Rebecca West wasn't one who followed through with the idea that "woman" was an artificial category; for instance, she praised her feminist friend Dora Marsden for being an "exquisite beauty," a "perfectly proportioned fairy," and so "flower like". She appears to have appreciated the distinctly feminine qualities of her friend, at the same time that her feminist magazine was suggesting that womanhood could be dismissed as a merely accidental attribute of a person.

Sunday, June 01, 2008

A hollow identity?

The nineteenth century liberal philosopher, John Stuart Mill, once wrote that,

He who lets the world, or his own portion of it, choose his life plan for him, has no need for any other faculty than the ape-like one of imitation.

The irony is that Mill was merely echoing here an entrenched liberal orthodoxy, namely that to be fully human (and not like the apes) we have to be self-created by our own will and reason (rather than letting the world choose our "life plan".)

As I've noted before, the idea that we should be self-created by our individual will and reason sounds nice. But it has some radical consequences when taken logically to its full extent.

It means, for instance, that those things that we inherit, rather than choose for ourselves, become illegitimate. And this includes those things which modern liberals dismiss as a merely "biological destiny", namely our sex and our race.

Our sex and our race are physical things which can't be altered by any force of our own will (sex change surgery and Michael Jackson aside). Therefore, for liberals the two things which are most strictly forbidden as factors influencing human relationships and human identity are race and gender.

For liberals, to allow race or gender to count in any important way - to "discriminate" on the basis of race or gender - is logically (in terms of liberal principles) seen as a grave moral offence.

Abbott & national identity

I was reminded of this when reading a recent speech by a leading member of Australia's Liberal Party Government, Tony Abbott.

Abbott is one of the more "conservative" leaders of the right-liberal Liberal Party. Yet, when discussing the national identity of the founder of the Liberal Party, Sir Robert Menzies, he followed the usual liberal orthodoxy by denying that race had anything to do with national identity. He claimed that,

Although the English-speaking countries have handled difference badly (like everyone else but generally less so), race has rarely been central to any of the English-speaking national identities.

Starting from Roman times, England was one of the first "melting pot" nations. More than any other, the English-speaking culture is prepared to take people from anywhere on their own terms. No one who can speak English is really a foreigner in any of the English speaking countries.

The problem here is not just the historical inaccuracy (the main waves of settlers into England in historical times were Celts, Anglo-Saxons and Danes, who were not dissimilar in race. To call this a "melting-pot" is like considering a group of New Zealand settlers into Australia as creating a "melting-pot" nation).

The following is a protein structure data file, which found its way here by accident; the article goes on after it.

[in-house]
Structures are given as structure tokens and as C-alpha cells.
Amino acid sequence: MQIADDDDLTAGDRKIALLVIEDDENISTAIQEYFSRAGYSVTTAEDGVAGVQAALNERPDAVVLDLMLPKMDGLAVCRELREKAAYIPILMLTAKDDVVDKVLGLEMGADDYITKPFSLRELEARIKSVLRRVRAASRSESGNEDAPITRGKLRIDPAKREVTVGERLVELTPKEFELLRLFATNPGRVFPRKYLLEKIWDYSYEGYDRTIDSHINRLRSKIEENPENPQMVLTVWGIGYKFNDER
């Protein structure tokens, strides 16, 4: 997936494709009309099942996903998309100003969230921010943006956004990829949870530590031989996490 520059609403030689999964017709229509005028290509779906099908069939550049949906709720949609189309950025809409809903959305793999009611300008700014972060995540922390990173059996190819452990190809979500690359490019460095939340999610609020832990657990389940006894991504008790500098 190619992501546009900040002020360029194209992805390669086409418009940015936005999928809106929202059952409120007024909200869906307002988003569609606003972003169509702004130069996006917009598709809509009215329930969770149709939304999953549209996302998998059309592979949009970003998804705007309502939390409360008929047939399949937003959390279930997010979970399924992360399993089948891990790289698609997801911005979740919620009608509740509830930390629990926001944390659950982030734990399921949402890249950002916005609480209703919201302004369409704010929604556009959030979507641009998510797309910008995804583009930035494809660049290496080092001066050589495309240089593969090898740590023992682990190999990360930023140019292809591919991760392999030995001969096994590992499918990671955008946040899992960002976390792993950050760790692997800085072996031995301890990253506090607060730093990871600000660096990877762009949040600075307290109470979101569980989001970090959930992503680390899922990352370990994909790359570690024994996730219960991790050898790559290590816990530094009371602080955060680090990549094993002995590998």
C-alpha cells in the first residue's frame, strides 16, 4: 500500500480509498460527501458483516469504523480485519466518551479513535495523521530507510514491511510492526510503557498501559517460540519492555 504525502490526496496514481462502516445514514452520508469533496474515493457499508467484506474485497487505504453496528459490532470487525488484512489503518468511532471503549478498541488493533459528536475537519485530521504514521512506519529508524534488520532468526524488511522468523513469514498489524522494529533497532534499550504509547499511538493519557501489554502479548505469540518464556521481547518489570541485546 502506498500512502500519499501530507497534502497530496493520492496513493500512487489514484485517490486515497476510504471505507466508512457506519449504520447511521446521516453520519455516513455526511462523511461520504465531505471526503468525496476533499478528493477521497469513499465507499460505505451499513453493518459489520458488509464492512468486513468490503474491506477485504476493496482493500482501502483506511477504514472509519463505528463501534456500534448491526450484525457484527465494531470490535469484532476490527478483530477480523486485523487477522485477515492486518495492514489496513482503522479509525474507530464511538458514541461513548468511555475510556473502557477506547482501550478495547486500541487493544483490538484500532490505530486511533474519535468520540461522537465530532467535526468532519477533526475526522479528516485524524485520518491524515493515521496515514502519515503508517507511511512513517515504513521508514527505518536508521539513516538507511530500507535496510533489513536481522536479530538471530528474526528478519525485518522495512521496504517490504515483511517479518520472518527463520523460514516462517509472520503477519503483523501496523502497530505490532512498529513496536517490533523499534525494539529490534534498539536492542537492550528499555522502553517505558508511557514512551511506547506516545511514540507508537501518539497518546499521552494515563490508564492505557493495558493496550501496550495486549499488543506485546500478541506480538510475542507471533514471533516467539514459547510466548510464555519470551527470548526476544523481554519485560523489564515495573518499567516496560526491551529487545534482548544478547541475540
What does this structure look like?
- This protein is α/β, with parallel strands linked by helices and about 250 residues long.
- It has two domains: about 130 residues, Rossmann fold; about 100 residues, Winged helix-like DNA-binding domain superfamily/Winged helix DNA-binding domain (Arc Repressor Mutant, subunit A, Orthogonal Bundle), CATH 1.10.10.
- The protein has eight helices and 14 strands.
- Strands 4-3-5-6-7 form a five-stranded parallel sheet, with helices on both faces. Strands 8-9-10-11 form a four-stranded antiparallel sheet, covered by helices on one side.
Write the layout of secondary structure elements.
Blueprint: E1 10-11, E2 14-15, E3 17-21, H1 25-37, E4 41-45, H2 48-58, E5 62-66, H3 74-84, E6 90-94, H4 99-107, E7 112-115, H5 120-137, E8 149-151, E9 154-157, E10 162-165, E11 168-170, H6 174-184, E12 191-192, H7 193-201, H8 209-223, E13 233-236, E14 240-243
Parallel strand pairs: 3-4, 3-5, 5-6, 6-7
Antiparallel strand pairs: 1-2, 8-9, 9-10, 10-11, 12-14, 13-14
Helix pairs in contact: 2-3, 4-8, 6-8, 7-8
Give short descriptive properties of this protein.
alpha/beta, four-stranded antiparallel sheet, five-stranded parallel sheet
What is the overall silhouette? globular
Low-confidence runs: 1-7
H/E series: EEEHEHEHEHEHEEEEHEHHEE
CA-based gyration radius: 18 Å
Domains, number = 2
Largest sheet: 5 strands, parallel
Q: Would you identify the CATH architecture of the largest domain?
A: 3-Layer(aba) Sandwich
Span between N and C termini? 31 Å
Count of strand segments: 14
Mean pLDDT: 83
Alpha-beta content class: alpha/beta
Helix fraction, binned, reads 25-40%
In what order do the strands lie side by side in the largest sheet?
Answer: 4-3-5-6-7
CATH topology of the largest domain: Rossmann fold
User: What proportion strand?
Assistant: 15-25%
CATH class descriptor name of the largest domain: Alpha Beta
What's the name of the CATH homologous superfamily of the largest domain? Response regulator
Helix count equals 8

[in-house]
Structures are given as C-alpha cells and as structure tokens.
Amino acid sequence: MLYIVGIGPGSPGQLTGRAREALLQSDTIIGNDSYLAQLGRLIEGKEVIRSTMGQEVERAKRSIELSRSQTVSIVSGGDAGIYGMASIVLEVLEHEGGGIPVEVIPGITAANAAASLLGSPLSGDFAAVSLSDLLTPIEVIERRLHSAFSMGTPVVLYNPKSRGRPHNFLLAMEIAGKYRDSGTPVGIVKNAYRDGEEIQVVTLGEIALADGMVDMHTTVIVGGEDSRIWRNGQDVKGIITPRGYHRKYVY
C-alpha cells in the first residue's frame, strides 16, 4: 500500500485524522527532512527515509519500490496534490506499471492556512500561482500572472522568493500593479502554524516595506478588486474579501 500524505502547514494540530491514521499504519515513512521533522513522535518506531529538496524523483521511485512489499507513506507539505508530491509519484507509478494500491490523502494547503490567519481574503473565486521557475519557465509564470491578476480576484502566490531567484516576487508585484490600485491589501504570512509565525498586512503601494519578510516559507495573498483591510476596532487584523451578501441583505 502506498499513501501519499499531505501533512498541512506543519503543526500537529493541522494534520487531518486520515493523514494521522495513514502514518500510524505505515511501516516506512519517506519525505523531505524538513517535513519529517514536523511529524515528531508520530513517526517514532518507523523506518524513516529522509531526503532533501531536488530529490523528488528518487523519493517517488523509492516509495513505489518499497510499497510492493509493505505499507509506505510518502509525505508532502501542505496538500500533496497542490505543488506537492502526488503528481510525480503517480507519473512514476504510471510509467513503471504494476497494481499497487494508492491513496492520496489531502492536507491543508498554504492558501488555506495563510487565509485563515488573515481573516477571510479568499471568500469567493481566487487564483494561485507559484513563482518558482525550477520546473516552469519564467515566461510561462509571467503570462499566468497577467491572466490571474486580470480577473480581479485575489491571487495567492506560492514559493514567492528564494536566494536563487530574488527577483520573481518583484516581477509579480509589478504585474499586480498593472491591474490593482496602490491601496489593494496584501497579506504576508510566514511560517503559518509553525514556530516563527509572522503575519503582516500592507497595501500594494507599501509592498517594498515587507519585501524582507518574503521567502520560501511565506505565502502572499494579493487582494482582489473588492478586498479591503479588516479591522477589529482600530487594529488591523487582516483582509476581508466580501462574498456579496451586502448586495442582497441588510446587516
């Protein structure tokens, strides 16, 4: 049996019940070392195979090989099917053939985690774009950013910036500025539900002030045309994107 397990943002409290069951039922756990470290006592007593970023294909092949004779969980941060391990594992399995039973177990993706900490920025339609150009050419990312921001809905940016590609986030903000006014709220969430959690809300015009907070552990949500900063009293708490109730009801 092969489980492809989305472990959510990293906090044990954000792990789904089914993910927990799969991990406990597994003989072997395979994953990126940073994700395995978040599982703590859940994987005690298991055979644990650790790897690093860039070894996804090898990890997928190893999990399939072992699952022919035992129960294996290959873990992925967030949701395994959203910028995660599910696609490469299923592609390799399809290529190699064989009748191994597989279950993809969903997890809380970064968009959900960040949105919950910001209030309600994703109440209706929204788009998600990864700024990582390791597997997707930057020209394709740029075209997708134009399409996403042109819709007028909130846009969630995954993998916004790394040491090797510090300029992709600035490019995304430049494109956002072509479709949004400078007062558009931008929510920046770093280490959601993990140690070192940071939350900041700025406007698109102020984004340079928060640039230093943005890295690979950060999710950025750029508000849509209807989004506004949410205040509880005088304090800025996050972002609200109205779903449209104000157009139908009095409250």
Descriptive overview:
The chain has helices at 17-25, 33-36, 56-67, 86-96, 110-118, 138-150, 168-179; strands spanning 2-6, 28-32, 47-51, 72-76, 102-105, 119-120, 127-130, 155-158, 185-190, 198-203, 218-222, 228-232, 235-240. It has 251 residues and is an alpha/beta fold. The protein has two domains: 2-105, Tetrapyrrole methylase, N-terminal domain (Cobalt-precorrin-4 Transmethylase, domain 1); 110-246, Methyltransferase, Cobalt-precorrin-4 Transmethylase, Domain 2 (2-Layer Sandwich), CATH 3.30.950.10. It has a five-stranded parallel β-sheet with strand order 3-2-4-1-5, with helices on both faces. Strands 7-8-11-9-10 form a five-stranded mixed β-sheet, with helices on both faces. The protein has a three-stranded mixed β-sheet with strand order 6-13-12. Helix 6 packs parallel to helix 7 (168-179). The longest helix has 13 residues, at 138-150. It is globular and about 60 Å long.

The major problem is that once you dismiss race entirely, as Abbott does, you have undermined traditional nationalism. Nations were traditionally founded on an ethnic unity, in which people were connected by ties of ancestry (ie a real biological kinship marked by a common race), as well as a shared history, language, religion and culture.

Abbott has jettisoned the very idea of traditional nationalism, even its historical existence, because he wants, in his own words, to found national identity not on race but on values.

This is why the only thing he really insists on is that people share a common language, as this is all that is required for them to participate in the shared values which are to form the new basis of national unity and national identity.

Civic nationalism

The kind of values which liberals usually put forward as a basis of national identity are civic ones.

A leading spokesman for a civic based nationalism is Professor Michael Ignatieff. He has written that civic nationalism envisions the nation "as a community of equal, rights-bearing citizens, united in patriotic attachment to a shared set of political practices and values."

In a sense, liberals like Professor Ignatieff are saying that what will bind us together as a nation is our shared commitment to ... the liberal political order. Which means that the phrases "I am Australian" and "I am a liberal" are closely interlinked.

This is a very convenient way for liberals to define national identity. If you think it over, it veers toward a certain kind of political totalitarianism - at least in the sense that a certain understanding of politics is taking over and coming to totally dominate forms of self-identity which used to be non-political and more varied in character.